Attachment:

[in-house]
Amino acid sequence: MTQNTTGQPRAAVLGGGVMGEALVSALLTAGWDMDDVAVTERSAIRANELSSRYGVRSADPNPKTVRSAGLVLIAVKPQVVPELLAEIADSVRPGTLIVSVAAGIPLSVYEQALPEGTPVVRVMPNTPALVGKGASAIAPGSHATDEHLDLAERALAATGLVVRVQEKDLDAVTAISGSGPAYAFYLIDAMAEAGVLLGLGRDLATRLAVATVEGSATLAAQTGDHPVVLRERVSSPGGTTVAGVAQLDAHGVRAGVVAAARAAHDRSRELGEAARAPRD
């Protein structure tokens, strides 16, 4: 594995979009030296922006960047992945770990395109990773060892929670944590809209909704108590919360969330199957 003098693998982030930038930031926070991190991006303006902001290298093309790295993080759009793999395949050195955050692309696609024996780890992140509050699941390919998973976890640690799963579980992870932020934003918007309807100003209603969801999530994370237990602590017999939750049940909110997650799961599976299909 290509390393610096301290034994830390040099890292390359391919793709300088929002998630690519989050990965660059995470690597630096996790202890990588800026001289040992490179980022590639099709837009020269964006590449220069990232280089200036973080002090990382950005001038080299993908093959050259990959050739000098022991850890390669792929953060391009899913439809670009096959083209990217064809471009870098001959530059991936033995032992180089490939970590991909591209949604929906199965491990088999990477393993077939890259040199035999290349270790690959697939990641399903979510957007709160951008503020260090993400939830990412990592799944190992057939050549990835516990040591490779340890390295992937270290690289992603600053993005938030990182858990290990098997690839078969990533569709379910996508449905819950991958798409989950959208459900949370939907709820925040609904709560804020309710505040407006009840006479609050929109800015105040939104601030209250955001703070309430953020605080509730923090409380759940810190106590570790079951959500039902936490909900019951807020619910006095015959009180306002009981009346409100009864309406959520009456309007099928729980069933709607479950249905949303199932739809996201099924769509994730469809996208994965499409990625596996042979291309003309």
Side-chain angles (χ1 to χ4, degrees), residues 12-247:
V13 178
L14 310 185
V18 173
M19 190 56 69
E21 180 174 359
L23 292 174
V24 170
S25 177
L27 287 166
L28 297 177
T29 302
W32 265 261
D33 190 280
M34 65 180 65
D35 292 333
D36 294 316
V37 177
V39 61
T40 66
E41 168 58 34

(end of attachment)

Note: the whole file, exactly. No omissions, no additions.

[in-house]
Amino acid sequence: MTQNTTGQPRAAVLGGGVMGEALVSALLTAGWDMDDVAVTERSAIRANELSSRYGVRSADPNPKTVRSAGLVLIAVKPQVVPELLAEIADSVRPGTLIVSVAAGIPLSVYEQALPEGTPVVRVMPNTPALVGKGASAIAPGSHATDEHLDLAERALAATGLVVRVQEKDLDAVTAISGSGPAYAFYLIDAMAEAGVLLGLGRDLATRLAVATVEGSATLAAQTGDHPVVLRERVSSPGGTTVAGVAQLDAHGVRAGVVAAARAAHDRSRELGEAARAPRD
């Protein structure tokens, strides 16, 4: 594995979009030296922006960047992945770990395109990773060892929670944590809209909704108590919360969330199957 003098693998982030930038930031926070991190991006303006902001290298093309790295993080759009793999395949050195955050692309696609024996780890992140509050699941390919998973976890640690799963579980992870932020934003918007309807100003209603969801999530994370237990602590017999939750049940909110997650799961599976299909 290509390393610096301290034994830390040099890292390359391919793709300088929002998630690519989050990965660059995470690597630096996790202890990588800026001289040992490179980022590639099709837009020269964006590449220069990232280089200036973080002090990382950005001038080299993908093959050259990959050739000098022991850890390669792929953060391009899913439809670009096959083209990217064809471009870098001959530059991936033995032992180089490939970590991909591209949604929906199965491990088999990477393993077939890259040199035999290349270790690959697939990641399903979510957007709160951008503020260090993400939830990412990592799944190992057939050549990835516990040591490779340890390295992937270290690289992603600053993005938030990182858990290990098997690839078969990533569709379910996508449905819950991958798409989950959208459900949370939907709820925040609904709560804020309710505040407006009840006479609050929109800015105040939104601030209250955001703070309430953020605080509730923090409380759940810190106590570790079951959500039902936490909900019951807020619910006095015959009180306002009981009346409100009864309406959520009456309007099928729980069933709607479950249905949303199932739809996201099924769509994730469809996208994965499409990625596996042979291309003309």
Side-chain angles (χ1 to χ4, degrees), residues 12-247:
V13 178
L14 310 185
V18 173
M19 190 56 69
E21 180 174 359
L23 292 174
V24 170
S25 177
L27 287 166
L28 297 177
T29 302
W32 265 261
D33 190 280
M34 65 180 65
D35 292 333
D36 294 316
V37 177
V39 61
T40 66
E41 168 58 34